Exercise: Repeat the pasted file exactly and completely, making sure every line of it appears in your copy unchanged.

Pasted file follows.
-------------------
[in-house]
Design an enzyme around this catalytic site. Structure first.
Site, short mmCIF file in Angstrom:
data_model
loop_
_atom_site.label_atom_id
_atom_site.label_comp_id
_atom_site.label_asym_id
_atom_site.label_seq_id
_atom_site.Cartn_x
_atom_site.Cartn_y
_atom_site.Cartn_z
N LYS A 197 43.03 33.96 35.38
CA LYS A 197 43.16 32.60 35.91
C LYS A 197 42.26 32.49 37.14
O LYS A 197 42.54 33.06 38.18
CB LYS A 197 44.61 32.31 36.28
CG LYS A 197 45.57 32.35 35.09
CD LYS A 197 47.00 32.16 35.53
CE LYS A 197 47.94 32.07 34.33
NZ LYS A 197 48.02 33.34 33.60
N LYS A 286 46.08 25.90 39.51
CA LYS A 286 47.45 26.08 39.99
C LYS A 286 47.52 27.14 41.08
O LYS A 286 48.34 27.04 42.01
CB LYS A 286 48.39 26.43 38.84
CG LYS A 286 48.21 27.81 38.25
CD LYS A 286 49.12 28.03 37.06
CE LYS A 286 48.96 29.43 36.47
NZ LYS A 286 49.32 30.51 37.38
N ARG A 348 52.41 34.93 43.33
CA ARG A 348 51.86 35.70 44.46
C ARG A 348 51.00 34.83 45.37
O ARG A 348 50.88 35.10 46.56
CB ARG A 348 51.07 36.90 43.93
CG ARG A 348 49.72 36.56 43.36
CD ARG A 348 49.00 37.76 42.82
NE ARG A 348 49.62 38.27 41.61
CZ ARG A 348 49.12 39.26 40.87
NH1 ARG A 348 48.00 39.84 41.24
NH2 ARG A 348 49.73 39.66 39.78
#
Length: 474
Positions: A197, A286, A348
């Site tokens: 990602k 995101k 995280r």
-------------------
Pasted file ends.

[in-house]
Design an enzyme around this catalytic site. Structure first.
Site, short mmCIF file in Angstrom:
data_model
loop_
_atom_site.label_atom_id
_atom_site.label_comp_id
_atom_site.label_asym_id
_atom_site.label_seq_id
_atom_site.Cartn_x
_atom_site.Cartn_y
_atom_site.Cartn_z
N LYS A 197 43.03 33.96 35.38
CA LYS A 197 43.16 32.60 35.91
C LYS A 197 42.26 32.49 37.14
O LYS A 197 42.54 33.06 38.18
CB LYS A 197 44.61 32.31 36.28
CG LYS A 197 45.57 32.35 35.09
CD LYS A 197 47.00 32.16 35.53
CE LYS A 197 47.94 32.07 34.33
NZ LYS A 197 48.02 33.34 33.60
N LYS A 286 46.08 25.90 39.51
CA LYS A 286 47.45 26.08 39.99
C LYS A 286 47.52 27.14 41.08
O LYS A 286 48.34 27.04 42.01
CB LYS A 286 48.39 26.43 38.84
CG LYS A 286 48.21 27.81 38.25
CD LYS A 286 49.12 28.03 37.06
CE LYS A 286 48.96 29.43 36.47
NZ LYS A 286 49.32 30.51 37.38
N ARG A 348 52.41 34.93 43.33
CA ARG A 348 51.86 35.70 44.46
C ARG A 348 51.00 34.83 45.37
O ARG A 348 50.88 35.10 46.56
CB ARG A 348 51.07 36.90 43.93
CG ARG A 348 49.72 36.56 43.36
CD ARG A 348 49.00 37.76 42.82
NE ARG A 348 49.62 38.27 41.61
CZ ARG A 348 49.12 39.26 40.87
NH1 ARG A 348 48.00 39.84 41.24
NH2 ARG A 348 49.73 39.66 39.78
#
Length: 474
Positions: A197, A286, A348
């Site tokens: 990602k 995101k 995280r």